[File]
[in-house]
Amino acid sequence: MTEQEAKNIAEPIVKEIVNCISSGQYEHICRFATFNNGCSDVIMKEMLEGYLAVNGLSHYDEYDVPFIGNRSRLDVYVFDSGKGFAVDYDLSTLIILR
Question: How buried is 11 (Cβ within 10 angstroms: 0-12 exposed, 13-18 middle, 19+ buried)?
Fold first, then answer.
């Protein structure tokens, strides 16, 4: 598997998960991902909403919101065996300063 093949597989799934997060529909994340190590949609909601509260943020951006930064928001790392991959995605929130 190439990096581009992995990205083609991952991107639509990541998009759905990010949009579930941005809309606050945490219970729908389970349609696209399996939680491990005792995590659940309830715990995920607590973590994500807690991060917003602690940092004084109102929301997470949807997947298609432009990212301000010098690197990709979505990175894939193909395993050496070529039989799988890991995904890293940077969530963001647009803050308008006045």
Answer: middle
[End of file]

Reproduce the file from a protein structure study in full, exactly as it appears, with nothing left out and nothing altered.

[in-house]
Amino acid sequence: MTEQEAKNIAEPIVKEIVNCISSGQYEHICRFATFNNGCSDVIMKEMLEGYLAVNGLSHYDEYDVPFIGNRSRLDVYVFDSGKGFAVDYDLSTLIILR
Question: How buried is 11 (Cβ within 10 angstroms: 0-12 exposed, 13-18 middle, 19+ buried)?
Fold first, then answer.
């Protein structure tokens, strides 16, 4: 598997998960991902909403919101065996300063 093949597989799934997060529909994340190590949609909601509260943020951006930064928001790392991959995605929130 190439990096581009992995990205083609991952991107639509990541998009759905990010949009579930941005809309606050945490219970729908389970349609696209399996939680491990005792995590659940309830715990995920607590973590994500807690991060917003602690940092004084109102929301997470949807997947298609432009990212301000010098690197990709979505990175894939193909395993050496070529039989799988890991995904890293940077969530963001647009803050308008006045």
Answer: middle